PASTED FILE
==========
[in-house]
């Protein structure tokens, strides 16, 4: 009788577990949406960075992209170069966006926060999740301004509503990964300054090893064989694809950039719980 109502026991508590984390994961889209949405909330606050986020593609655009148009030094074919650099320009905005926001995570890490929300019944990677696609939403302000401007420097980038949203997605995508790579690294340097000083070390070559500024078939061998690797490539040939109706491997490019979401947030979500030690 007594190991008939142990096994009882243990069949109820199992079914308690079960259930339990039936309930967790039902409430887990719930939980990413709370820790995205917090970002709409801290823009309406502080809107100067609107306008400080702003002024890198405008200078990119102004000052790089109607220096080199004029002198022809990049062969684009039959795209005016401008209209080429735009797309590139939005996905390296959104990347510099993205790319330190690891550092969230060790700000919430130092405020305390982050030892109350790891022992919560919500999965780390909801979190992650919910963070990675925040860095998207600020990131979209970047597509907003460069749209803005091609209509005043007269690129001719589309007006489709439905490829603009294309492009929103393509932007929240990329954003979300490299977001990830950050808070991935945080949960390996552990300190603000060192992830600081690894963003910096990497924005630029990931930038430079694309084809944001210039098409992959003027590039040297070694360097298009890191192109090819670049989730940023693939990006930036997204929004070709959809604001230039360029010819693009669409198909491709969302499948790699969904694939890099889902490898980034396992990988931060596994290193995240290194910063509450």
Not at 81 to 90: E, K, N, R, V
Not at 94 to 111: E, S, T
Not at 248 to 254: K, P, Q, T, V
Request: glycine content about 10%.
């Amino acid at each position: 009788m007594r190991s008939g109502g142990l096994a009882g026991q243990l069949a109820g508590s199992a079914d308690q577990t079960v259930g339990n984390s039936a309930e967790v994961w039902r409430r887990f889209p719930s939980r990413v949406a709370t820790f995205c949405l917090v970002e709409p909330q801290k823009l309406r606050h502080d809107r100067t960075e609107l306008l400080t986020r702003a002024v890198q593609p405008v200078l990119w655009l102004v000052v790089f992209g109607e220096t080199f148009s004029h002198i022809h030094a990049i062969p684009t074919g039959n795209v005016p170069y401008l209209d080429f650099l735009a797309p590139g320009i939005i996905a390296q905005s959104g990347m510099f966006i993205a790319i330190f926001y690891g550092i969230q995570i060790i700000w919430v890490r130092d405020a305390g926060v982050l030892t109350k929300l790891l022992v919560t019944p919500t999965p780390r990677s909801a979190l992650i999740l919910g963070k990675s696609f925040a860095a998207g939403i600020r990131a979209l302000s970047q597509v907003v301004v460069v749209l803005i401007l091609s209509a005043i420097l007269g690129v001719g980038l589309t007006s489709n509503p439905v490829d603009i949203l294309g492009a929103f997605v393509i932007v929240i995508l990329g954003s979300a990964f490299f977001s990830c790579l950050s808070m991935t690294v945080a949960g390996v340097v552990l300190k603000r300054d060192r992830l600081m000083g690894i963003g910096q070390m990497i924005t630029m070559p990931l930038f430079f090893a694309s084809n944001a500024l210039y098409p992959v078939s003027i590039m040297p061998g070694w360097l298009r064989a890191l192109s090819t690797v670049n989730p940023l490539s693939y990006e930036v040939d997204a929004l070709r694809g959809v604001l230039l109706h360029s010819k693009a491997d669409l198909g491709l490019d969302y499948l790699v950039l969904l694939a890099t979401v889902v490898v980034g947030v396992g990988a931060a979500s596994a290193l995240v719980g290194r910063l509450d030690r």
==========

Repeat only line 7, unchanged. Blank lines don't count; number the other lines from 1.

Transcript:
């Amino acid at each position: 009788m007594r190991s008939g109502g142990l096994a009882g026991q243990l069949a109820g508590s199992a079914d308690q577990t079960v259930g339990n984390s039936a309930e967790v994961w039902r409430r887990f889209p719930s939980r990413v949406a709370t820790f995205c949405l917090v970002e709409p909330q801290k823009l309406r606050h502080d809107r100067t960075e609107l306008l400080t986020r702003a002024v890198q593609p405008v200078l990119w655009l102004v000052v790089f992209g109607e220096t080199f148009s004029h002198i022809h030094a990049i062969p684009t074919g039959n795209v005016p170069y401008l209209d080429f650099l735009a797309p590139g320009i939005i996905a390296q905005s959104g990347m510099f966006i993205a790319i330190f926001y690891g550092i969230q995570i060790i700000w919430v890490r130092d405020a305390g926060v982050l030892t109350k929300l790891l022992v919560t019944p919500t999965p780390r990677s909801a979190l992650i999740l919910g963070k990675s696609f925040a860095a998207g939403i600020r990131a979209l302000s970047q597509v907003v301004v460069v749209l803005i401007l091609s209509a005043i420097l007269g690129v001719g980038l589309t007006s489709n509503p439905v490829d603009i949203l294309g492009a929103f997605v393509i932007v929240i995508l990329g954003s979300a990964f490299f977001s990830c790579l950050s808070m991935t690294v945080a949960g390996v340097v552990l300190k603000r300054d060192r992830l600081m000083g690894i963003g910096q070390m990497i924005t630029m070559p990931l930038f430079f090893a694309s084809n944001a500024l210039y098409p992959v078939s003027i590039m040297p061998g070694w360097l298009r064989a890191l192109s090819t690797v670049n989730p940023l490539s693939y990006e930036v040939d997204a929004l070709r694809g959809v604001l230039l109706h360029s010819k693009a491997d669409l198909g491709l490019d969302y499948l790699v950039l969904l694939a890099t979401v889902v490898v980034g947030v396992g990988a931060a979500s596994a290193l995240v719980g290194r910063l509450d030690r």